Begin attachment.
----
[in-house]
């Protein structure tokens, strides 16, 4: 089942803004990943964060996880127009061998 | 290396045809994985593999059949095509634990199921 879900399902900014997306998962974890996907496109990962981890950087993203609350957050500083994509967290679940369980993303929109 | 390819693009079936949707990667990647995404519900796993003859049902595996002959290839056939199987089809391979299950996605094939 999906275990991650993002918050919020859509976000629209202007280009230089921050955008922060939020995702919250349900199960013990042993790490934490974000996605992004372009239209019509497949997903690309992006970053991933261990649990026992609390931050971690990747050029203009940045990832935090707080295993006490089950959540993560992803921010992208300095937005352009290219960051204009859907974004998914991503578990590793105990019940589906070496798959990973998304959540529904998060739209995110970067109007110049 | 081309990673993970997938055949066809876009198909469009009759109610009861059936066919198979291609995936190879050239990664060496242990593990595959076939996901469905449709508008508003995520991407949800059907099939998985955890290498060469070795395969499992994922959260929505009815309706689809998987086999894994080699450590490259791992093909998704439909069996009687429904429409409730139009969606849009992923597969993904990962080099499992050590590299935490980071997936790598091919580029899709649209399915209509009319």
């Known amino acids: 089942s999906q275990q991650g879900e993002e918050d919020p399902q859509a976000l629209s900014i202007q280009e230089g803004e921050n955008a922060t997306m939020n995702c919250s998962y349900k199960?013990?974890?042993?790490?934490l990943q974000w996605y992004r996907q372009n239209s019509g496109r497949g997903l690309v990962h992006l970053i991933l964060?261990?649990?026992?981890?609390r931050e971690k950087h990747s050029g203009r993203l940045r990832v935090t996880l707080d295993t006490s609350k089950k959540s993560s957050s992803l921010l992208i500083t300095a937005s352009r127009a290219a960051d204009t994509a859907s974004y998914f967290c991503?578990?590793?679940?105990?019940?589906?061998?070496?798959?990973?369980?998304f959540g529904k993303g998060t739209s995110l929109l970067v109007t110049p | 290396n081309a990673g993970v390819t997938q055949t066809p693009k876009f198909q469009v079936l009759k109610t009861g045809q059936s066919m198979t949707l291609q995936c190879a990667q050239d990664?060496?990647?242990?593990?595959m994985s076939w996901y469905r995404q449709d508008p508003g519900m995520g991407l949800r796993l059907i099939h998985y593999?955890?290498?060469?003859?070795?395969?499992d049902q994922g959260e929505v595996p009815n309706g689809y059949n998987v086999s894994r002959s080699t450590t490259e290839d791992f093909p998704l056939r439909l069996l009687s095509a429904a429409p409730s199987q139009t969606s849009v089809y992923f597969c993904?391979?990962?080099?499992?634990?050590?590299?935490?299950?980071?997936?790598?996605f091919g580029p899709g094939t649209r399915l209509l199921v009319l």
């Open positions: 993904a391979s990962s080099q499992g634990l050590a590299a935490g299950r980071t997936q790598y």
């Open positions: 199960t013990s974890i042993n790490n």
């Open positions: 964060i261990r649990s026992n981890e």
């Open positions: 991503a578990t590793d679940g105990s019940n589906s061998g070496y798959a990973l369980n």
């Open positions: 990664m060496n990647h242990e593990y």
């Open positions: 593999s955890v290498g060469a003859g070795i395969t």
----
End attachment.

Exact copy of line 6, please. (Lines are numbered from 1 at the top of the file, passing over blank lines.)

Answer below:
């Open positions: 964060i261990r649990s026992n981890e």